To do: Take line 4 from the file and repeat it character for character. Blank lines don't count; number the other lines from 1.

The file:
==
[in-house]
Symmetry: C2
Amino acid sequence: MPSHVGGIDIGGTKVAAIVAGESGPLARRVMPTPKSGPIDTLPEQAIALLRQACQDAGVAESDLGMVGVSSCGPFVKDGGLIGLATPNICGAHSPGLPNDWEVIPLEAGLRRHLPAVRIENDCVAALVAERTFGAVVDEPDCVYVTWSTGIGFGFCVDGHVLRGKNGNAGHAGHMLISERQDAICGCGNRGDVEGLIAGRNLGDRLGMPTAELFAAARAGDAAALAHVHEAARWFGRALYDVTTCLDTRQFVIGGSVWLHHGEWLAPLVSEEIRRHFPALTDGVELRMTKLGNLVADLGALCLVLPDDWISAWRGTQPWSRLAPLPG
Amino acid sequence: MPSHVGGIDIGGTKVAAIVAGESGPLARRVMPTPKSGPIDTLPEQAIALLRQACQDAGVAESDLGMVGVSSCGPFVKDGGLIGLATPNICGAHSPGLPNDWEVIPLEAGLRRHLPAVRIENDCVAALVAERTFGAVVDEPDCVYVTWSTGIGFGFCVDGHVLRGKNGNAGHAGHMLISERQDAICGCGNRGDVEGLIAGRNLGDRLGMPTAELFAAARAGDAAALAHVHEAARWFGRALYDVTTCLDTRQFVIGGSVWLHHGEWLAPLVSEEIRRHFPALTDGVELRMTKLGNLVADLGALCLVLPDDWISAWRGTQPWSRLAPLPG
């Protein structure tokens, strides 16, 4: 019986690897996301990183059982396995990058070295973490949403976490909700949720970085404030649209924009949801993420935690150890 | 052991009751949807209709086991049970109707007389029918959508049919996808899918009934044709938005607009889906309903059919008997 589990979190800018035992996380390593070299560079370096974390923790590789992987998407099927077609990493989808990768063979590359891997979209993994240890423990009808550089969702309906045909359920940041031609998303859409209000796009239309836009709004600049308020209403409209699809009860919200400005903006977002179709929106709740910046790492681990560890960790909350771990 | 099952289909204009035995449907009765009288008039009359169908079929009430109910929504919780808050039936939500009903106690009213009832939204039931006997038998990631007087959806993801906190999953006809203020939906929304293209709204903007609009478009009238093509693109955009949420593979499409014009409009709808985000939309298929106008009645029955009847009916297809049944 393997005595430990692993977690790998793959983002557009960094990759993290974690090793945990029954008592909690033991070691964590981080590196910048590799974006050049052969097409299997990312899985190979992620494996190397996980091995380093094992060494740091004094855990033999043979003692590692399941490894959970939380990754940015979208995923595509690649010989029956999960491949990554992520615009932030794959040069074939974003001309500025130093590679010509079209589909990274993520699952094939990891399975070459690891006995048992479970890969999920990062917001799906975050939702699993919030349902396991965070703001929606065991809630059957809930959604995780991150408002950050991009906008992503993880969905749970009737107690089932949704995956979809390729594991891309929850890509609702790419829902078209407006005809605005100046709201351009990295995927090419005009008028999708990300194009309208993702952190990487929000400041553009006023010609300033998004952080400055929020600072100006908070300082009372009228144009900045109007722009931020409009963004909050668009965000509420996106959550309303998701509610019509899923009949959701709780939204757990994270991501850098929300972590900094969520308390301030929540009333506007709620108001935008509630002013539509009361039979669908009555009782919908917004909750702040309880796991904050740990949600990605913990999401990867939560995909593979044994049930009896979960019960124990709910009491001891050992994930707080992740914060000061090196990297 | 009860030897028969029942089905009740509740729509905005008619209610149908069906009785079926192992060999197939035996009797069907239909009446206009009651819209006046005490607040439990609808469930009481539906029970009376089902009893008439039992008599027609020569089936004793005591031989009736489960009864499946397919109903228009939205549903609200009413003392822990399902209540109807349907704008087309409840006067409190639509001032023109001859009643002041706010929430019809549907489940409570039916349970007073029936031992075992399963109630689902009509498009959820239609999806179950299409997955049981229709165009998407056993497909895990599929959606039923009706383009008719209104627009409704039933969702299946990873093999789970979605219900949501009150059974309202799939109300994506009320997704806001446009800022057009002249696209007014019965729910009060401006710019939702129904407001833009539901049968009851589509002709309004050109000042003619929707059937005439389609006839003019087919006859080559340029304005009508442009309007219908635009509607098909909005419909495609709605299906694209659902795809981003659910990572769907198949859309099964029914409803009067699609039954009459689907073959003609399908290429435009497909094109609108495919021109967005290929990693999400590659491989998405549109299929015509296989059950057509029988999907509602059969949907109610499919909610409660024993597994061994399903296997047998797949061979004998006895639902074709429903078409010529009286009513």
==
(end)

Amino acid sequence: MPSHVGGIDIGGTKVAAIVAGESGPLARRVMPTPKSGPIDTLPEQAIALLRQACQDAGVAESDLGMVGVSSCGPFVKDGGLIGLATPNICGAHSPGLPNDWEVIPLEAGLRRHLPAVRIENDCVAALVAERTFGAVVDEPDCVYVTWSTGIGFGFCVDGHVLRGKNGNAGHAGHMLISERQDAICGCGNRGDVEGLIAGRNLGDRLGMPTAELFAAARAGDAAALAHVHEAARWFGRALYDVTTCLDTRQFVIGGSVWLHHGEWLAPLVSEEIRRHFPALTDGVELRMTKLGNLVADLGALCLVLPDDWISAWRGTQPWSRLAPLPG